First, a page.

Just look at the crash testing videos of chinese cars on YouTube...
China is ramping up its plans for domination of international civil airspace with recent deals to flog its home-grown aircraft set to cause a few sweaty palms at Boeing and Airbus. Spearheading this push is the Commercial Aircraft Corp of China (Comac) C919, a 168-190 seat narrow-body airline design which will be China’s …
Indeed it is interesting that they fold up like wet cardboard boxes, but lets not underestimate China's ability to learn and develop. If they decide they really want to make a world-class aircraft, I have no doubt that they *could* do it.
The car-crash videos I saw were of distinctly old-looking vehicles, and on the face of things the rate of development in what thay manufacture is huge. (appreciated, the modern-looking copies we saw on Top Gear are probably made out of scaffold poles and tin cans underneath)
Not sure I'd want to fly in their aircraft though; truth and openness (if I dare use those terms) are not necessarily treated in the same way as among the western aircraft-makers and authorities and what you see isn't necessarily going to be what you're getting.
"Indeed it is interesting that they fold up like wet cardboard boxes, but lets not underestimate China's ability to learn and develop. If they decide they really want to make a world-class aircraft, I have no doubt that they *could* do it."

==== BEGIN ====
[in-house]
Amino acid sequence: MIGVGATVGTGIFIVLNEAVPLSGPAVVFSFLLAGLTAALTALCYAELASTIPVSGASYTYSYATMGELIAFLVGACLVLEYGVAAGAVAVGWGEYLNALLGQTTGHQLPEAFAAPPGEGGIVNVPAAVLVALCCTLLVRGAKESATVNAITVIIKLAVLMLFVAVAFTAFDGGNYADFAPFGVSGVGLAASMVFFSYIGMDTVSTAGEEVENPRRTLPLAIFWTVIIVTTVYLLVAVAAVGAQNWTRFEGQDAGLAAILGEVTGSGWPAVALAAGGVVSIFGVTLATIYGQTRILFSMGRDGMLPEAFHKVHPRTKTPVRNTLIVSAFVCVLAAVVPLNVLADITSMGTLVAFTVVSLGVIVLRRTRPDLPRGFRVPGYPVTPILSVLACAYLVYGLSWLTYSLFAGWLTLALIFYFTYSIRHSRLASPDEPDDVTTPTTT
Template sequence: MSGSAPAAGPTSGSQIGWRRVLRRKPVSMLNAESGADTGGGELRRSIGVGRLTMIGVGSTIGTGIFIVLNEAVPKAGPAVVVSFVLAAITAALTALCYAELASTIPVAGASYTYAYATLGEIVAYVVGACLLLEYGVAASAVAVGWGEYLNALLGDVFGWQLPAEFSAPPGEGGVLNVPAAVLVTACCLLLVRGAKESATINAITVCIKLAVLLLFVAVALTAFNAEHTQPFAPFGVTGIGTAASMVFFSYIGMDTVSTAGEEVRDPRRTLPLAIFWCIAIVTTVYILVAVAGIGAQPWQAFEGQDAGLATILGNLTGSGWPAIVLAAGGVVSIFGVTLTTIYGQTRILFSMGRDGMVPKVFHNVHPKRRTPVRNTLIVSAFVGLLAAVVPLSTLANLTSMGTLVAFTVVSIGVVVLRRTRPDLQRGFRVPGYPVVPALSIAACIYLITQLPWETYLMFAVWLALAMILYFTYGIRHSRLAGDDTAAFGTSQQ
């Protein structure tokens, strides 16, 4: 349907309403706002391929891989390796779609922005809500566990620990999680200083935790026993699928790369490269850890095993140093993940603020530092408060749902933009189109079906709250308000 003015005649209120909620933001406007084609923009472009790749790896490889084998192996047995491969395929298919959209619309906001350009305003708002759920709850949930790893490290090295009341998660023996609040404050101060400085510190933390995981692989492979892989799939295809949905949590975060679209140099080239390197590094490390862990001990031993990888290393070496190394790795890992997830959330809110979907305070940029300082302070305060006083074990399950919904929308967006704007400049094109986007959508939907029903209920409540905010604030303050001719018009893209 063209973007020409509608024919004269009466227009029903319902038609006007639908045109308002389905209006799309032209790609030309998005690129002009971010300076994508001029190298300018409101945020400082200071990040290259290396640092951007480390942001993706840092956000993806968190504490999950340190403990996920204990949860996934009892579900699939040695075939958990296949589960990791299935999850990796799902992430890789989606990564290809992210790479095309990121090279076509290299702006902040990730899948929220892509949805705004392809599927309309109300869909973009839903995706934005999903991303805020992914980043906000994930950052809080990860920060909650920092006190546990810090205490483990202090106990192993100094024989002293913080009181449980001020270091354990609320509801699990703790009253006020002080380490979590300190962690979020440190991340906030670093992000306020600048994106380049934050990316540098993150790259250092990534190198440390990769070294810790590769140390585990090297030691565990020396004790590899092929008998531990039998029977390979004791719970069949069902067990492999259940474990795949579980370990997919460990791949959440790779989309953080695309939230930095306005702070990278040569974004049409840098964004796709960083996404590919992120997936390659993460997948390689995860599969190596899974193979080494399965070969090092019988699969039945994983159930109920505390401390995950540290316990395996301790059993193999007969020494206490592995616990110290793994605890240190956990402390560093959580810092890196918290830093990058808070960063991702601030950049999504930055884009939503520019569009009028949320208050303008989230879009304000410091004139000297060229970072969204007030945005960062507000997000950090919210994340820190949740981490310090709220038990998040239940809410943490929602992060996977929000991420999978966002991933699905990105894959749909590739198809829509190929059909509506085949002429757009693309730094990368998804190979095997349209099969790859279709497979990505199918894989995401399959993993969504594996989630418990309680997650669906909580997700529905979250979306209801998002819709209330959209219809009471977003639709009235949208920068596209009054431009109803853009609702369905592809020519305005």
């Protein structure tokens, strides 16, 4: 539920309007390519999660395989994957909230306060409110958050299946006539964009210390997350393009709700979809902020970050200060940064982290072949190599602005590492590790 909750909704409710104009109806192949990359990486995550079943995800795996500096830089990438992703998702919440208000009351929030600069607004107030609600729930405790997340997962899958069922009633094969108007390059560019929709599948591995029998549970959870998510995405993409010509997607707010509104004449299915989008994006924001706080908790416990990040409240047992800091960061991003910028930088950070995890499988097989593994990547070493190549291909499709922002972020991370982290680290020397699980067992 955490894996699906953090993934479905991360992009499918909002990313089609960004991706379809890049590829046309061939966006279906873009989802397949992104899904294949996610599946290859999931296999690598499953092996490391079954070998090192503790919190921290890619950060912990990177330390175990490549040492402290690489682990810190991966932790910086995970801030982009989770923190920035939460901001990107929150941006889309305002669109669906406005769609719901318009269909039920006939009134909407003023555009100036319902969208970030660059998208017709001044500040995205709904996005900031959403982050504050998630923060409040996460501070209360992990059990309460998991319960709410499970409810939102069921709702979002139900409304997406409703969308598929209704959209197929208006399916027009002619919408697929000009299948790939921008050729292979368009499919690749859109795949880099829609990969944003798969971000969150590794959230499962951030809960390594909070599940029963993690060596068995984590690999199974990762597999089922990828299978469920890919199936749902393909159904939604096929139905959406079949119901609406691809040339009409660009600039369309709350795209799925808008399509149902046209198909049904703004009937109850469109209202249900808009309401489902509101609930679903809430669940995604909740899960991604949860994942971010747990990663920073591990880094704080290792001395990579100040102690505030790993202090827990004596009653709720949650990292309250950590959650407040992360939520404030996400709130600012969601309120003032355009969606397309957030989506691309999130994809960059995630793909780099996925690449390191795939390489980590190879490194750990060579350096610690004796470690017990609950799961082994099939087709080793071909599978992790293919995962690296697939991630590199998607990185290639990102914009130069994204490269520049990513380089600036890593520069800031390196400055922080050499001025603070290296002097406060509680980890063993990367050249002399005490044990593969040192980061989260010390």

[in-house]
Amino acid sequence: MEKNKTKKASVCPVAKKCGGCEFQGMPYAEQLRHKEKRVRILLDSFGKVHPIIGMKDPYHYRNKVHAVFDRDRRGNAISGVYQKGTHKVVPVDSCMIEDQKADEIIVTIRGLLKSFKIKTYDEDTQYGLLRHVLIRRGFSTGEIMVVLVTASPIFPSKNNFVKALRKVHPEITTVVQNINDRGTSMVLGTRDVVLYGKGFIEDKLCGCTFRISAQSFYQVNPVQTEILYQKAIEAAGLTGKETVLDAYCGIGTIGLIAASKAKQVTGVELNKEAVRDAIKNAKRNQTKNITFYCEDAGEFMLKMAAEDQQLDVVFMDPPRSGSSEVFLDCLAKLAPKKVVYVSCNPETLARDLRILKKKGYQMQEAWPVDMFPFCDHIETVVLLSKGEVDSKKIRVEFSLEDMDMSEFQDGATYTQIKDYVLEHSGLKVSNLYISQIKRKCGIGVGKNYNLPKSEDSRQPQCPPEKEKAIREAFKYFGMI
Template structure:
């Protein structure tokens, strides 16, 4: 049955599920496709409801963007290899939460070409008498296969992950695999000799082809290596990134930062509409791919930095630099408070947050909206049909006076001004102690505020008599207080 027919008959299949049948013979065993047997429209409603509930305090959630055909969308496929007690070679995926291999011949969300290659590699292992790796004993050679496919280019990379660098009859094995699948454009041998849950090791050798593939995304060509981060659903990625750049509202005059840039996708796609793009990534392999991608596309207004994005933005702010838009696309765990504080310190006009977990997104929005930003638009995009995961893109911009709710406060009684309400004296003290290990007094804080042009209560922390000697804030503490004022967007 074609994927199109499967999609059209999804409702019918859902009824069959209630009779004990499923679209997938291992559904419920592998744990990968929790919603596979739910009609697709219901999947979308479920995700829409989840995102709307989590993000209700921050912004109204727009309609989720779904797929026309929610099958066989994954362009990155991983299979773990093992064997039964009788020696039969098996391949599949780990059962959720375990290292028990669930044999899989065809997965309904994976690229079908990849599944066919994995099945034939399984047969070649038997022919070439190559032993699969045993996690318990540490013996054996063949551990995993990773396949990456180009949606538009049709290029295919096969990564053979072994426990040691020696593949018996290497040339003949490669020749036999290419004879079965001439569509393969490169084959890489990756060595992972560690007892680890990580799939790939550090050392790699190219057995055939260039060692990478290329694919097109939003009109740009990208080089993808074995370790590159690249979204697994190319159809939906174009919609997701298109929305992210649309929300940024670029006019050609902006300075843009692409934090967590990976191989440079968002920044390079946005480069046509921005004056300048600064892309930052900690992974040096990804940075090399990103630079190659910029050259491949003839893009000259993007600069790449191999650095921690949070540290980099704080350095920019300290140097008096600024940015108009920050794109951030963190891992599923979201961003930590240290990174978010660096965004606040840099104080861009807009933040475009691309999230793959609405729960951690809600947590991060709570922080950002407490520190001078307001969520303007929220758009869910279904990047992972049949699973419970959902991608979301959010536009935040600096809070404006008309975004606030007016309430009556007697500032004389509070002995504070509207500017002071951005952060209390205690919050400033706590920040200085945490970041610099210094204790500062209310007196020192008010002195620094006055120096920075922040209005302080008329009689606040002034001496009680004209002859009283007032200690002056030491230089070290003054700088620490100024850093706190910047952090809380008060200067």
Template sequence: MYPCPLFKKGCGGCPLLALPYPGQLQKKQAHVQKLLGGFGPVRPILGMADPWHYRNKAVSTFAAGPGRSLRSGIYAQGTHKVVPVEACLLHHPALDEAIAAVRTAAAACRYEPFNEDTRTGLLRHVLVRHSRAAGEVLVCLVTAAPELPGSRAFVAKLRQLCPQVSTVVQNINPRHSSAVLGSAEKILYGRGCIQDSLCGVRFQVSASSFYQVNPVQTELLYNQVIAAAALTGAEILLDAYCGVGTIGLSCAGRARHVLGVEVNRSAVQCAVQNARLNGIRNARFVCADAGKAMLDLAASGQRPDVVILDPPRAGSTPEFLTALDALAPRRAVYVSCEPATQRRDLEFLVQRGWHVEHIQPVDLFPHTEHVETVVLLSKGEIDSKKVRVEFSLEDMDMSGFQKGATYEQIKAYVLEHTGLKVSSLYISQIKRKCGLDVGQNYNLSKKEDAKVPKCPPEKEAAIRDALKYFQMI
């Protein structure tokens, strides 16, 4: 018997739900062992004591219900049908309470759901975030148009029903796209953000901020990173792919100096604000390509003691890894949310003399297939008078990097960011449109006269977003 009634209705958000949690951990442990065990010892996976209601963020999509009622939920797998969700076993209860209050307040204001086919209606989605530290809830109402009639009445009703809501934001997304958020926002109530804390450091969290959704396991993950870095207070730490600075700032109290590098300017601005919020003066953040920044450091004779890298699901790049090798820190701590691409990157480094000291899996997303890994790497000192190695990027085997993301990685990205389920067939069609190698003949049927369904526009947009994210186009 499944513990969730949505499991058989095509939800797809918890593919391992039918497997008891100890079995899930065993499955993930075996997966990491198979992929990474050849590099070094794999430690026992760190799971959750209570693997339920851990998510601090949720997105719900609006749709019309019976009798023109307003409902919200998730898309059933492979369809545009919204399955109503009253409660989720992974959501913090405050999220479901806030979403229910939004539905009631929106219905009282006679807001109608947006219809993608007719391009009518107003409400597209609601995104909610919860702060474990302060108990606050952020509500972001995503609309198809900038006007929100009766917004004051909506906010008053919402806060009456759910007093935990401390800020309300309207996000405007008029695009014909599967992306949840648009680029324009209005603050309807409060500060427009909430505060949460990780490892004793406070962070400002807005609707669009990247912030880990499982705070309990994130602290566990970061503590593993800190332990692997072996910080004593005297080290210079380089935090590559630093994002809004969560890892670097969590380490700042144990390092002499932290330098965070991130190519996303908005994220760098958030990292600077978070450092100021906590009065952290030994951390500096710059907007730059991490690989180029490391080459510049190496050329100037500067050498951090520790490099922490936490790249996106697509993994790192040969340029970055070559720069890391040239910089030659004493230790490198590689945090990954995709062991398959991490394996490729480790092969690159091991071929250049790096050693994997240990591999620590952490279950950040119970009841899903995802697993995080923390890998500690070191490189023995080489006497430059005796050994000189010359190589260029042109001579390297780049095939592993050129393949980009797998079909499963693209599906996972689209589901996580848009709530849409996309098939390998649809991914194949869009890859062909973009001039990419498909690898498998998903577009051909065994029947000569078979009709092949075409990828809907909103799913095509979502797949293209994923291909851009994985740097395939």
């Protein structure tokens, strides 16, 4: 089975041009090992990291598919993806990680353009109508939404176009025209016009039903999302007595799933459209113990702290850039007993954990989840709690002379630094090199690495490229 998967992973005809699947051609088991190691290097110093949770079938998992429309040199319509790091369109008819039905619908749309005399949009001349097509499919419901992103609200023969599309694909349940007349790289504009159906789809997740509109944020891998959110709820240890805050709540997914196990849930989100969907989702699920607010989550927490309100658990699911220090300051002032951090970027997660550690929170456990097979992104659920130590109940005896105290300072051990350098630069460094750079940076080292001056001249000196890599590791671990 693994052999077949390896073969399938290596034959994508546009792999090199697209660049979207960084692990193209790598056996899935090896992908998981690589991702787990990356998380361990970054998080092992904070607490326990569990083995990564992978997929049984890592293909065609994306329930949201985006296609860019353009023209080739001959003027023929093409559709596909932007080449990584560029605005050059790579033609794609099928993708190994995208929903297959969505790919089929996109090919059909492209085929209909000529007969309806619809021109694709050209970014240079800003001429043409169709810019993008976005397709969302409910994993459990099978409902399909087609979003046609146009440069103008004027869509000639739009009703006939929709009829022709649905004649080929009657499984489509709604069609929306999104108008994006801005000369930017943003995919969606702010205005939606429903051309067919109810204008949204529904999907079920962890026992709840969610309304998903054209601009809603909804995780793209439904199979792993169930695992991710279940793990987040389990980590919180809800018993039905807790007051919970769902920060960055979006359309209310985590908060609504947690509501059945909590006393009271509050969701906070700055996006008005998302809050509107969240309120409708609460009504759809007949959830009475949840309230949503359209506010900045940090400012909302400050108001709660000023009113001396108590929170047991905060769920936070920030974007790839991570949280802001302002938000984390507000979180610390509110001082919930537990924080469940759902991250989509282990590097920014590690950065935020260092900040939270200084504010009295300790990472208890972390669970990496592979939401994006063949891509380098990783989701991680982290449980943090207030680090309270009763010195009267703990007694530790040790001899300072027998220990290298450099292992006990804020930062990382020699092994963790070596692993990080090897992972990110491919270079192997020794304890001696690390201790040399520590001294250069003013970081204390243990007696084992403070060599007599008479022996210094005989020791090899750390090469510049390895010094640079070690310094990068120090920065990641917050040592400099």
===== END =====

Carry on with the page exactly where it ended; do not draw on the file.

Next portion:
Let's not underestimate their ability to snoop and copy. However their entire industrial process is built upon the foundations of cheap labour, zero quality control and shite standards. I will certainly not be travelling in any aircraft of theirs until there is a very long and consistently safe history.
As for their cars, no they are not old vehicles. The videos you've seen may have been but even their most up-to-date models mainly have 3 stars for crash safety which normally equates to "dead". Great Wall, Chery etc. All cheap-arsed 4-wheeled coffins.
i saw the Top Gear episode on the cars. they may look exactly like western cars from the outside, but when inside them, the differences in build quality were apparent. that's bad enough with a car, where you're travelling at speed along the ground, but i'm not so sure i'd be so happy in an aircraft travelling at speed 30,000 feet in the air...
That is normal for a copy. In fact it is the tell-tale sign of a copy.
A modern car that has been engineered properly uses a variety of steel at different thickness in the panels to ensure that crumple zones operate correctly. Example - my little runabout has anything from 3+mm on the sides down to "paper thin" on the bonnet. This contributes quite a lot to the cost of the car because of the different tooling, supplies, tolerances, etc.
If you copy it without following the thickness profiles to the letter it will be cheaper, but the entirely crumple zone engineering goes to hell. That is exactly what Top Gear has managed to demonstrate so eloquently.
They should have actually done a proper car show and showed why by taking a gauge and a drill and going around a Yaris/Auris and a Great Wall's to show what did the Chinese "omit" when copying.
Coming back to the "thickness" and copying - this is doubly so for aircraft. Modern aircraft which was copied verbatim without complying to the exact thickness profiles on skin and trusses is guaranteed to start cracking from metal fatigue sooner rather than later.